The 1977 Denver Broncos will never be forgotten.
Neither will the 2007 Colorado Rockies.
Both teams concluded their seasons with humbling defeats, but captured the hearts of local sports fans for the remarkable things they accomplished in their respective seasons.
Throw the 2016 Colorado football team into that group.
The Buffaloes (10-4) finished their season by getting routed in the Pac-12 championship game and thumped in the Alamo Bowl. What they did before that, however, secured their spot in CU history.
Winning a championship is the ultimate goal in sports, but greatness is not reserved only for those teams that hoist a trophy at season's end. Greatness can be bestowed upon a team that achieves the improbable.
Last spring, CU co-offensive coordinator Darrin Chiaverini threw out a Twitter tag, #therise, more or less as a catchy phrase for what he hoped the Buffaloes would do after posting 10 consecutive losing seasons.
That hashtag took on a life of its own, and "The Rise" became the slogan for the CU program and all of Buff Nation. The athletic department even produced a season-long series, titled, "The Rise."
It became the theme of this season, but "The Rise" was never about just one campaign. Colorado didn't intend to have a great 2016 season and leave it at that.
All along, "The Rise" has been about the future, and fighting past the ugliness of the past decade.
CU football — a program that has claimed a national title, Heisman Trophy and numerous other major college football awards — became one of the worst in the country. The Buffs had made a steady climb out of the muck in recent years, but this year was about busting through and forcing people to stop laughing at the Buffaloes.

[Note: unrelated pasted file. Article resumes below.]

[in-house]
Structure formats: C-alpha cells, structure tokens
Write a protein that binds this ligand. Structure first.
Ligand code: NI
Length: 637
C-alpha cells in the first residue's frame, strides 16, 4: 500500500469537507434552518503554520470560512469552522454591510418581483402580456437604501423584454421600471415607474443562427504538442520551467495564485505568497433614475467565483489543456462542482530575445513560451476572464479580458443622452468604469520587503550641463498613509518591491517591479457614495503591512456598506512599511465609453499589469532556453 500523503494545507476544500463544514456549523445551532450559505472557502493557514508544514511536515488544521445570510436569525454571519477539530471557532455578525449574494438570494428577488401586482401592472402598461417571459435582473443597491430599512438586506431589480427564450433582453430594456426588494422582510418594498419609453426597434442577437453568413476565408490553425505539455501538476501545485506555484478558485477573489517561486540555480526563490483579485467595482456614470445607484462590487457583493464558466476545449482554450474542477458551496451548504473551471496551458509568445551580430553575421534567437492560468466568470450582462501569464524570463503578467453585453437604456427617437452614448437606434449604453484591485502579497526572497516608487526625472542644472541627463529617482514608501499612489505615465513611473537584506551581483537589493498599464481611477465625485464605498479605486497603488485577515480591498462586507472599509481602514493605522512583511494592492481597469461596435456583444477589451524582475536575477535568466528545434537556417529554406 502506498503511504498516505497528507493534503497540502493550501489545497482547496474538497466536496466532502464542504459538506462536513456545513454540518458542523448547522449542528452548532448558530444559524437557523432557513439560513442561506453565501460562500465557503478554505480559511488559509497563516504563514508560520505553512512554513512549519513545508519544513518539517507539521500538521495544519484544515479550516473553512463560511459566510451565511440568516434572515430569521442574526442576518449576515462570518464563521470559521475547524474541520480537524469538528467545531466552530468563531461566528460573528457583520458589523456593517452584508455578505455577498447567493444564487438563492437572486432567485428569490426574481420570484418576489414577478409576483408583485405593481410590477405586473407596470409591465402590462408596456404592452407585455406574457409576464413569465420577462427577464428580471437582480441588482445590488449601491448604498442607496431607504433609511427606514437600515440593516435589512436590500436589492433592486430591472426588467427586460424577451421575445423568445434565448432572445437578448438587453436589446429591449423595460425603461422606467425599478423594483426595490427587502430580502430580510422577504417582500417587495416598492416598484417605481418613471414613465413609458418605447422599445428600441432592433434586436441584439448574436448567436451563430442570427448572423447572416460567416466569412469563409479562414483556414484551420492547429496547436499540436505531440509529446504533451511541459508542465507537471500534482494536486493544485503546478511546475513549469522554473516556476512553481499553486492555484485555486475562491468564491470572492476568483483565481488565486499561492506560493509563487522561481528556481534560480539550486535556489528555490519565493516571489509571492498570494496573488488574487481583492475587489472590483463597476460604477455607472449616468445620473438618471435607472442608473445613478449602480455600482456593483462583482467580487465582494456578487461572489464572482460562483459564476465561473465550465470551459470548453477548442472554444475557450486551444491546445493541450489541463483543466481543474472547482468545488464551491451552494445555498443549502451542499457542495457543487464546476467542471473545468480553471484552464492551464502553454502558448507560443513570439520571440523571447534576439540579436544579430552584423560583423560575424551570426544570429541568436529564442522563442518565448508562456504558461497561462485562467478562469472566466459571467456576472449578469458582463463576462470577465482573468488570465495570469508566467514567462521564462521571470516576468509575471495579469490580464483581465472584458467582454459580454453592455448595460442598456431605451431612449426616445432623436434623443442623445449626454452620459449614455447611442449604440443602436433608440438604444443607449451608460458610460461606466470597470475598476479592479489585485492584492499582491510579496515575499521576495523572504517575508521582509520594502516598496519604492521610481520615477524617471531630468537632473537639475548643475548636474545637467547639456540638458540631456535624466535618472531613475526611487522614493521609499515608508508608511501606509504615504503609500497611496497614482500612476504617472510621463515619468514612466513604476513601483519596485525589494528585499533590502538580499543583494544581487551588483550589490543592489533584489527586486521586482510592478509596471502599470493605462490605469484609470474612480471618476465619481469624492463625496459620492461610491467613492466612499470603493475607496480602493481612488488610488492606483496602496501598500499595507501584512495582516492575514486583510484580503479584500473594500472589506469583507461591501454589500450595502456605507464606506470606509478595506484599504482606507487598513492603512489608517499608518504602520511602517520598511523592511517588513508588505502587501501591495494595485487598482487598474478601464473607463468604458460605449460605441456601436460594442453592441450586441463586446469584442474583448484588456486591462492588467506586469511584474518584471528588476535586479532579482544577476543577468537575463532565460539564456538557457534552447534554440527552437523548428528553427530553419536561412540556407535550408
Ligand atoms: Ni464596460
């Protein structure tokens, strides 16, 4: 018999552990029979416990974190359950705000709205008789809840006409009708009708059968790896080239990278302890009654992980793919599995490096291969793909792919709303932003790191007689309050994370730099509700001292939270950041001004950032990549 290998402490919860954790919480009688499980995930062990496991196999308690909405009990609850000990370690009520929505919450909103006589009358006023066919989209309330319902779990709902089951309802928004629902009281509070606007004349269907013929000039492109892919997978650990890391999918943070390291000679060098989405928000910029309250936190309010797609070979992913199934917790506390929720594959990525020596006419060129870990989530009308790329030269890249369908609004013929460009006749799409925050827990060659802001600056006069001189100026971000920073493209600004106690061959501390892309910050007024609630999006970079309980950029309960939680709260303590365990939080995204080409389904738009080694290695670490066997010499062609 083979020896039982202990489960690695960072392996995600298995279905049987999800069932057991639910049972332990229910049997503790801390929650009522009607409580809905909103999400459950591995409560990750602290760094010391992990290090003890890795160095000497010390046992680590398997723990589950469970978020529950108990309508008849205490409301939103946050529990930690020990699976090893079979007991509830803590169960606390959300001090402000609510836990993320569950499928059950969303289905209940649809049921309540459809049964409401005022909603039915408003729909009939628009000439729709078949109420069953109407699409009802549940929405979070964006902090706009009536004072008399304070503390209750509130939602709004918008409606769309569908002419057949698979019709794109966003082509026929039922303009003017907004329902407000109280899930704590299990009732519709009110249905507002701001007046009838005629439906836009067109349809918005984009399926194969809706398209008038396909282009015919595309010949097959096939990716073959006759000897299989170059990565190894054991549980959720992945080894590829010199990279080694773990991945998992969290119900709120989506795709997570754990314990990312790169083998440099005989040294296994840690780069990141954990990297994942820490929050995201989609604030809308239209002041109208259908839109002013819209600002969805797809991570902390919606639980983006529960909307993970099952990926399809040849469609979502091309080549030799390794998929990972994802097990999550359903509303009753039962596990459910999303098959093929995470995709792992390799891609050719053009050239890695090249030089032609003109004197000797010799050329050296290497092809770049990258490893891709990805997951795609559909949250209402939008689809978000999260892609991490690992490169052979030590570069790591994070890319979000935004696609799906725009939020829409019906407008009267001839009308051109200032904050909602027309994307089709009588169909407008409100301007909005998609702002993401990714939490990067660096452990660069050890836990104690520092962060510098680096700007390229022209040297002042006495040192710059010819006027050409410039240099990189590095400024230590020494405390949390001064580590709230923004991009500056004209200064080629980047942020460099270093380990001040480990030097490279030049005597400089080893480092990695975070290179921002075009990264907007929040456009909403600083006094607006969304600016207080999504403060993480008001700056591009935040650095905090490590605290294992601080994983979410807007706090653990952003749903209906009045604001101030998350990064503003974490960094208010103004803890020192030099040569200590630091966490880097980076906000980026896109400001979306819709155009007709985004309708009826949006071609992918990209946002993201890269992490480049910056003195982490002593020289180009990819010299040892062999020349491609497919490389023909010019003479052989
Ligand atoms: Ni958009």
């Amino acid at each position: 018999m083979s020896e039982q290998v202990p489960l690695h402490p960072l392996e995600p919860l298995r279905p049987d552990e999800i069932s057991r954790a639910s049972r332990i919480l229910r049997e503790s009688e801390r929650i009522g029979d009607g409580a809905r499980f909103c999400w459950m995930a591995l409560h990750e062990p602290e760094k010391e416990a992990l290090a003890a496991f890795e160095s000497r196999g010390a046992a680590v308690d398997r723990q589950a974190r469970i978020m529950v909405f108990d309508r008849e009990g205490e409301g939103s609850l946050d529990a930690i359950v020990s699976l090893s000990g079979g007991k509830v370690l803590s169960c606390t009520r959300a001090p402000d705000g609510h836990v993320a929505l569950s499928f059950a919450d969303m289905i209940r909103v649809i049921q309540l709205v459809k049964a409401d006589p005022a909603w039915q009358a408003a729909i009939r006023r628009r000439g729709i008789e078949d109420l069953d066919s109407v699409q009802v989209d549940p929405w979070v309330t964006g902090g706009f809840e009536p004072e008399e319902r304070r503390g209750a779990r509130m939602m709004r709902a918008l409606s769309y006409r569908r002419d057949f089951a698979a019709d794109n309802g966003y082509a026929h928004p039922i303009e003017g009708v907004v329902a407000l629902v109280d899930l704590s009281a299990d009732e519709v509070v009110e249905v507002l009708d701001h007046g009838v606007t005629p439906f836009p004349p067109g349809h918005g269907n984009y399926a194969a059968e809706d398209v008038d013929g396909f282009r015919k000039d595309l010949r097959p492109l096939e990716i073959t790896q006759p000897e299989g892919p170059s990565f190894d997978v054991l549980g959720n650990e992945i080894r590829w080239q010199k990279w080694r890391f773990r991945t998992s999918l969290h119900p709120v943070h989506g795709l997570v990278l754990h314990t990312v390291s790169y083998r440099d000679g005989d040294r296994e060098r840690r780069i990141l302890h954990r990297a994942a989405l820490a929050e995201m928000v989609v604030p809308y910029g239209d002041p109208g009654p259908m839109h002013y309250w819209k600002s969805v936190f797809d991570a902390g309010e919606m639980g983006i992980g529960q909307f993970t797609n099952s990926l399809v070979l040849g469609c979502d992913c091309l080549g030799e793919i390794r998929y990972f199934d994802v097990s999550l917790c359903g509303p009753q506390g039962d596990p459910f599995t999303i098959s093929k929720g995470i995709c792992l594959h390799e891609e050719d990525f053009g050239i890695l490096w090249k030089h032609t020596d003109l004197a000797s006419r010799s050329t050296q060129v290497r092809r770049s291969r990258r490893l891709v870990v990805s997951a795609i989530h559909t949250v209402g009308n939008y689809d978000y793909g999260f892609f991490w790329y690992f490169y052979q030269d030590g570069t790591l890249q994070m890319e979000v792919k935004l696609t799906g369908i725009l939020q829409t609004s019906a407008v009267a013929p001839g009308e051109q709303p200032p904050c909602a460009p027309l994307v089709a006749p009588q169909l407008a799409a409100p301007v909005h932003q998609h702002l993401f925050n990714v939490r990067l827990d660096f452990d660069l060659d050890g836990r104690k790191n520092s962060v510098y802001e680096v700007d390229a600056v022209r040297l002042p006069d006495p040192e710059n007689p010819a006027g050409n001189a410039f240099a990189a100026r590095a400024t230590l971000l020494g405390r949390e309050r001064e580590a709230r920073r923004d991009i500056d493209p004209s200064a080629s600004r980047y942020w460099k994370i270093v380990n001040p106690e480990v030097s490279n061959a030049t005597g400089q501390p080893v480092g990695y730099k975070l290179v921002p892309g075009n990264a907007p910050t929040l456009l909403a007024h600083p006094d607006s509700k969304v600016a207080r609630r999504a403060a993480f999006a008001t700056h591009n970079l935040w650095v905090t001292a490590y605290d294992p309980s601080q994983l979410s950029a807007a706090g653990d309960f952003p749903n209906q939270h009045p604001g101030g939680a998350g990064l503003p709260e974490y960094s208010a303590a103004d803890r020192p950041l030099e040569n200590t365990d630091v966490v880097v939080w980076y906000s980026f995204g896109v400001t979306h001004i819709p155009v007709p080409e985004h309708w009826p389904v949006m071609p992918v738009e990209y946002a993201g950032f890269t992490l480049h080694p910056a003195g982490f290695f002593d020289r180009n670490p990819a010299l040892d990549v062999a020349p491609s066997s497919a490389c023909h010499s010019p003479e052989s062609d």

After going 2-25 in Pac-12 play the previous three years, the Buffs went a stunning 8-1 this season. They won the Pac-12 South division for the first time. They became just the eighth team in program history to win 10 games. They reached the top 10 of the national rankings for the first time in 14 years.
"We got a taste of something great, something that Colorado is used to getting back in the day and now it's back," running back Phillip Lindsay said.
For it to return this year, the Buffs needed to buy in to the message, bond together and find a way to be special on and off the field.
"They've given everything they've had when nobody believed in 'em," head coach Mike MacIntyre said. "Now everybody believes in 'em.
"It didn't end like we'd like it to, but wow, what they've done, they set a foundation for us to keep improving."
That is really what "The Rise" was all about. The 2016 team didn't need to win a championship. It just needed to be different.
"Those young men ... should be remembered for a long, long time for what they've done for Colorado football," MacIntyre said.
It'll certainly be a season that's tough to forget.